By Sandy Kristiansson, Board Member for Fort Adams Trust

The Fort Adams Trust has been awarded a grant of $150,000 from The Champlin Foundation to assist the Trust in the restoration of Fort Adams’ Southeast Demi-Bastion.  Following Fort Adams decommissioning in the early 1950’s, the Southeast Demi- bastion has been ravaged by weather and vandalism, resulting in several vault collapses and roof failures, and today remains one of the Fort’s most critical areas in need of restoration.

This grant from The Champlin Foundation is their second, totaling $300,000 for the project.  In combination with an additional grant from the McBean Foundation in 2019, and the Rhode Island Capital funds from RI Department of Environmental Management, each in the amount of $300,000, the latest Champlin grant will allow the Trust to undertake the most significant restoration of Historic Fort Adams in nearly a decade.  In all, the Fort Adams Trust has been able to raise enough funds to match the State funding three-to-one with private donations. 

The Champlin Foundation funds will be targeted at helping cover the cost of the restoration and stabilization of the Southeast Demi-Bastion’s roof.  This project will entail the removal of soil from the ramparts, originally designed to protect the fort from enemy artillery, and the terreplein, where the fort’s defenders would have historically been positioned to return fire with cannon and muskets.   Critical to this restoration will be the installation of a waterproof liner where the earth is to be removed to protect the historic arches below the terreplein and rampart from water.  Historic venting chimneys will be rebuilt, as well and the soil and grass sod reinstalled protecting the space below.  The work is slated to start at the end of 2020 with Gnazzo Construction being the lead contractor and design work provided by Newport Collaborative Architects. Completion of this restoration project is anticipated to be accomplished by June of 2021.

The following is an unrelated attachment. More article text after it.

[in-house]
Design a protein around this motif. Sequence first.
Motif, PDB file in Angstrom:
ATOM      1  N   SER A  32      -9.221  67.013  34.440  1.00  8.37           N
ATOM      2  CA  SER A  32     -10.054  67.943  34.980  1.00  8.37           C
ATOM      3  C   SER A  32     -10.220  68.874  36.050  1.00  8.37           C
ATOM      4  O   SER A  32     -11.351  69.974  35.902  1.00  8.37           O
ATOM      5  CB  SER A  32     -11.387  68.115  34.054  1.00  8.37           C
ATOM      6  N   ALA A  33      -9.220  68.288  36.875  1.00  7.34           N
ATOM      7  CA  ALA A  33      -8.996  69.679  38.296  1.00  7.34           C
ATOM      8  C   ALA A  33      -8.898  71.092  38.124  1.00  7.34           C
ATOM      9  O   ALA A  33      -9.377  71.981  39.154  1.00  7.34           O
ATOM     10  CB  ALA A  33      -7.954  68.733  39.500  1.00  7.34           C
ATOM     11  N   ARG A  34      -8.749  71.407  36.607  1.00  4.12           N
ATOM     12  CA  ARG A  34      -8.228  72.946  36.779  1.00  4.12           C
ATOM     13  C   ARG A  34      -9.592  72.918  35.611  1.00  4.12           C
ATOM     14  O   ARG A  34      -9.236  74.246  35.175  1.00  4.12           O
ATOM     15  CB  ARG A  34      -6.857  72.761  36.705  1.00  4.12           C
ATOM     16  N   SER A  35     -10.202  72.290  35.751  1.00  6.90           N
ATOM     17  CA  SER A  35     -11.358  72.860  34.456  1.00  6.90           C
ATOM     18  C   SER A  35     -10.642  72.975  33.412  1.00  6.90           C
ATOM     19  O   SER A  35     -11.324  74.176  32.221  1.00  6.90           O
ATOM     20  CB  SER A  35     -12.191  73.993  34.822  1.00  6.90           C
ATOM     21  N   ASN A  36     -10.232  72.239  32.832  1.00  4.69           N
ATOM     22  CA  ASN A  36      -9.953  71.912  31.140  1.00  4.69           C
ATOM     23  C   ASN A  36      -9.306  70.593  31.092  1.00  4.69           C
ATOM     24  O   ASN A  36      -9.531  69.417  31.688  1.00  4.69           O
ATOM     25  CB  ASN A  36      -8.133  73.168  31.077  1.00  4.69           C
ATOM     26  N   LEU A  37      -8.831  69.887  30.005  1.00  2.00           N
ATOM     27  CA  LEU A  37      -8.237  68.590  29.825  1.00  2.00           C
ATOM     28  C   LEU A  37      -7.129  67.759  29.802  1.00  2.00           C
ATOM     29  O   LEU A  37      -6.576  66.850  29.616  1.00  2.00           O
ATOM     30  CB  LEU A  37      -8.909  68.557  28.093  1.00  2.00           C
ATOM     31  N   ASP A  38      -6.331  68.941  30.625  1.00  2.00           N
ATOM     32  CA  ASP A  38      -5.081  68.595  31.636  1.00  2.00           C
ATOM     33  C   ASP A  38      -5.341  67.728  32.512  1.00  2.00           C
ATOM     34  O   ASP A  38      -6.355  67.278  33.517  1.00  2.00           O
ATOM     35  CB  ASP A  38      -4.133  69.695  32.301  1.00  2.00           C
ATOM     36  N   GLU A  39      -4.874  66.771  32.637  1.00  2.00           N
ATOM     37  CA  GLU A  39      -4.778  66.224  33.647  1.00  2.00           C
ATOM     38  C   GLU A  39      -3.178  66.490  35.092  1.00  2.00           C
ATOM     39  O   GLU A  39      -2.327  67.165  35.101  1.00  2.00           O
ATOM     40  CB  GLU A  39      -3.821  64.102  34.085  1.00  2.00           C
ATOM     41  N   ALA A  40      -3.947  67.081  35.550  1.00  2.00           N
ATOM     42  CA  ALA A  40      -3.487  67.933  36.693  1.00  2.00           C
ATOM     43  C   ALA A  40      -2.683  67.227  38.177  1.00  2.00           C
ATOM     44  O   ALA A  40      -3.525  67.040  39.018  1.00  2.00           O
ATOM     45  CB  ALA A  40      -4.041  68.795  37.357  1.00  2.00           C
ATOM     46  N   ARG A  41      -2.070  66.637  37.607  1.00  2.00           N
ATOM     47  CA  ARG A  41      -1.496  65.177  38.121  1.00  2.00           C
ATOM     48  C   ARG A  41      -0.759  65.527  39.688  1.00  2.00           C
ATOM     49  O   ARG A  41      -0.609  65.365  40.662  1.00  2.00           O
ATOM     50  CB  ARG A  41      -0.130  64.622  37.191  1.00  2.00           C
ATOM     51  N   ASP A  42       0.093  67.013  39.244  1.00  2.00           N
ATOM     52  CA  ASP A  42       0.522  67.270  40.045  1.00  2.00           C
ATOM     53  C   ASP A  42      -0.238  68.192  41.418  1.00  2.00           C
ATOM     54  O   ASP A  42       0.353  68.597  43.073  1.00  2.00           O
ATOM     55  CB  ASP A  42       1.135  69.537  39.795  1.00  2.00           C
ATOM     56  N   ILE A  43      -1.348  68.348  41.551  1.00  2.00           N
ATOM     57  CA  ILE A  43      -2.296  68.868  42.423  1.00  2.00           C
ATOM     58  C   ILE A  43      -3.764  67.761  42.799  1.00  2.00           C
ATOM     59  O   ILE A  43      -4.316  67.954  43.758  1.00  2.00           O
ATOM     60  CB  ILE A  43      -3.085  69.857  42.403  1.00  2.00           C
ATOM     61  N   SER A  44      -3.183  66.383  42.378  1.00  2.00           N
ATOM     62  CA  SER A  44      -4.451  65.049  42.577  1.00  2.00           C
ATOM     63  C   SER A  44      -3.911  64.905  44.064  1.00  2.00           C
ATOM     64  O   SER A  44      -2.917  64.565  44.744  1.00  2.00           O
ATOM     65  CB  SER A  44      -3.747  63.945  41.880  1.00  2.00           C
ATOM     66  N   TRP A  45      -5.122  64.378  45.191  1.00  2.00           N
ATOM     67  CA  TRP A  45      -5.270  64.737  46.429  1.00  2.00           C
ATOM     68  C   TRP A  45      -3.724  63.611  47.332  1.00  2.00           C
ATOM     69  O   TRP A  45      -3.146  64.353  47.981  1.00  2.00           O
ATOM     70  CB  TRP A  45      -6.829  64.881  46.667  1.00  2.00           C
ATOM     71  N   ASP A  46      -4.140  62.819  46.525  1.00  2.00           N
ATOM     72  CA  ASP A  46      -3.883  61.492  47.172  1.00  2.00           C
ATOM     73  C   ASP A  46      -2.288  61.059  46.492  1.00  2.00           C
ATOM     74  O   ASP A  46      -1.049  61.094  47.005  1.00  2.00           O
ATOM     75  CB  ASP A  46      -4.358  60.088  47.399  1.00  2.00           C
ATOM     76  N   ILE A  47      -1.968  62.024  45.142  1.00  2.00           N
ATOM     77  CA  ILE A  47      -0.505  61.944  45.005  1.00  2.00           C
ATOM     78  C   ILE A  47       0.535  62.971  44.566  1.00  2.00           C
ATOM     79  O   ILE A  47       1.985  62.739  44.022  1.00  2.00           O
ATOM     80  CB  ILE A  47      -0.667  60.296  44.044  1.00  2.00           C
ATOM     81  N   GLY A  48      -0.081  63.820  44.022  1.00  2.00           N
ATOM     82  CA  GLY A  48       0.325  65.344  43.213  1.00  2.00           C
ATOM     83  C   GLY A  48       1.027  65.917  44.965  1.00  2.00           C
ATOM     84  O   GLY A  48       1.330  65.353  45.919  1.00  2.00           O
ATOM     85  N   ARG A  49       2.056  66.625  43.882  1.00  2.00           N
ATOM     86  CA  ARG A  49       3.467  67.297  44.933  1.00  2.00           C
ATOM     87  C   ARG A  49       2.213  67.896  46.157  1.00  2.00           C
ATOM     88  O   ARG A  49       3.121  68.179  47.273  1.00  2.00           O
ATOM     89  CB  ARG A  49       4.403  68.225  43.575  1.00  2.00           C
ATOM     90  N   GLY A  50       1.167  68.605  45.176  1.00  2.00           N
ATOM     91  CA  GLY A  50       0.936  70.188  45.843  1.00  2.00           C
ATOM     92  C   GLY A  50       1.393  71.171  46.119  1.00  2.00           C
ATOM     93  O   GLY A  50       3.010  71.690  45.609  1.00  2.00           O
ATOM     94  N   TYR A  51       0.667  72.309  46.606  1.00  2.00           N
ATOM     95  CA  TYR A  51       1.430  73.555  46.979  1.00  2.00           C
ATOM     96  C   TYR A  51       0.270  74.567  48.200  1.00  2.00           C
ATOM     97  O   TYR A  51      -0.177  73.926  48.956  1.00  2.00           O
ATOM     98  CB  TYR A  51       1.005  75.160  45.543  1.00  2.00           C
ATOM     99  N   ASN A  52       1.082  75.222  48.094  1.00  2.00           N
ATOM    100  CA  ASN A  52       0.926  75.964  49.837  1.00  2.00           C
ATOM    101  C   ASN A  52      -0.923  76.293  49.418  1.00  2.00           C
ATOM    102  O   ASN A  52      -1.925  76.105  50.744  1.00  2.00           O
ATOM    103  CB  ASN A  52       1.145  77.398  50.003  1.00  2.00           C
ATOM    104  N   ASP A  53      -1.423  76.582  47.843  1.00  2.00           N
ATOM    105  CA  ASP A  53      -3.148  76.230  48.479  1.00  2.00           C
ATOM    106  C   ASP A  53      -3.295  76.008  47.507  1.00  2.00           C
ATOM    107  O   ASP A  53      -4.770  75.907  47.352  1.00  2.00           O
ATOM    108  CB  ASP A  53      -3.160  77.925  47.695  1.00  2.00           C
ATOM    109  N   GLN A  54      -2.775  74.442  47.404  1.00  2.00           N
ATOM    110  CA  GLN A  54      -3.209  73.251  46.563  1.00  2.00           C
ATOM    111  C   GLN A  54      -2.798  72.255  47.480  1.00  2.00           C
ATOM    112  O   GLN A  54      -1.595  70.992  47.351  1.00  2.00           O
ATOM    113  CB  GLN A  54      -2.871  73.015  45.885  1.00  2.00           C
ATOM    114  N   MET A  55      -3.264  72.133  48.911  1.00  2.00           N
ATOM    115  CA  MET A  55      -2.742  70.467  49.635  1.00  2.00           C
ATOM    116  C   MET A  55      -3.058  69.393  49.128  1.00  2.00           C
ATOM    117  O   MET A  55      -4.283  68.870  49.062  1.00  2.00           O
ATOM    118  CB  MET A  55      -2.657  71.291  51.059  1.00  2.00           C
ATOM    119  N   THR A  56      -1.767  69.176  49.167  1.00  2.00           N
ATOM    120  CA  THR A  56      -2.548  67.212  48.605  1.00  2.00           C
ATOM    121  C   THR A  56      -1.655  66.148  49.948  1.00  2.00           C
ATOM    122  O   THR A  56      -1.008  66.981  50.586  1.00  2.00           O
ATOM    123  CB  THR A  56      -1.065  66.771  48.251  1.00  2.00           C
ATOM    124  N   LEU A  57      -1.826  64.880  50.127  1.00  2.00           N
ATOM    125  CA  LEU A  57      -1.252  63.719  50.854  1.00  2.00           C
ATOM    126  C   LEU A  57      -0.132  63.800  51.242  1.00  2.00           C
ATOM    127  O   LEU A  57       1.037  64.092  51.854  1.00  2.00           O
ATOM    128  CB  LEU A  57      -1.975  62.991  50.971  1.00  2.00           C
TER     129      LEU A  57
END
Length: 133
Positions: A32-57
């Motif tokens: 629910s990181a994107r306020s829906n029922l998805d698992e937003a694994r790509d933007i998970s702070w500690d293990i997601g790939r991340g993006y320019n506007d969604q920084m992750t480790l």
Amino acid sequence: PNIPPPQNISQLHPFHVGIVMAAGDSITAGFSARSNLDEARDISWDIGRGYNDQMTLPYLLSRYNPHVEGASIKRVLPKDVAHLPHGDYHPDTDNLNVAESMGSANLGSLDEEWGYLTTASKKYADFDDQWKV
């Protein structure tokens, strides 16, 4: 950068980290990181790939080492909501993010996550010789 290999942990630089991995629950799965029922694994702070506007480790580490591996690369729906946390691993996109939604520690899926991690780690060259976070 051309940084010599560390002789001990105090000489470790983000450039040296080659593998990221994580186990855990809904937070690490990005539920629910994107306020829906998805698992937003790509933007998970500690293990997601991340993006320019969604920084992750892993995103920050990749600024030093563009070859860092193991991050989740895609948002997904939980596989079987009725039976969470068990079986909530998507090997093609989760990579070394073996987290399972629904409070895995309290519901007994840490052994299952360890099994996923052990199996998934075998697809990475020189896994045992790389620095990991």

“The Southeast Demi-Bastion Project is a priority in the continuing restoration efforts by the Trust,” stated Chris Zeeman, Vice President of the Fort Adams Trust. “The Demi-Bastion Project is one of the many preservation needs of the fort and we are now fortunate to initiate the process with the assistance of the grants. Although the perception of the fort is one of indestructibility; the age and weather conditions that the structure is subject to require extensive refurbishment and preservation work that would not be feasible without the grants and the state,” Zeeman further imparted.

“The generosity of The Champlin Foundation and other philanthropic organizations are critical to Fort Adams’ long-term survival,” offered Joe Dias, Executive Director of the Fort Adams Trust. “The Trust continues to work with RI DEM in restoring the Fort and with the generous grant partnerships that will enable future generations to appreciate the rich heritage Fort Adams offers.  A special thank you to our locally elected leaders Representative Marvin L. Abney, Representative Lauren H. Carson, Senator Dawn M. Euer and Senator Louis P. DiPalma for supporting the Fort and this project at the legislative level, Dias added. 

The Southeast Demi-Bastion restoration is one of the many projects the Fort Adams Trust has planned in the near future. Most recently this fall, the Trust finished repointing the embrasures on the East Wall by the main entrance to the Fort and will now start on the Demi-Bastion effort.

About the Fort Adams Trust:


The Fort Adams Trust is a 501 (c)(3) non-profit responsible for preservation, programming, and promoting the National Historic Landmarks in Fort Adams State Park in Newport, Rhode Island. Over 100,000 people tour the Fort and attend events in the Park annually. The Trust accepts donations to support its preservation and programming missions. http://www.FortAdams.org

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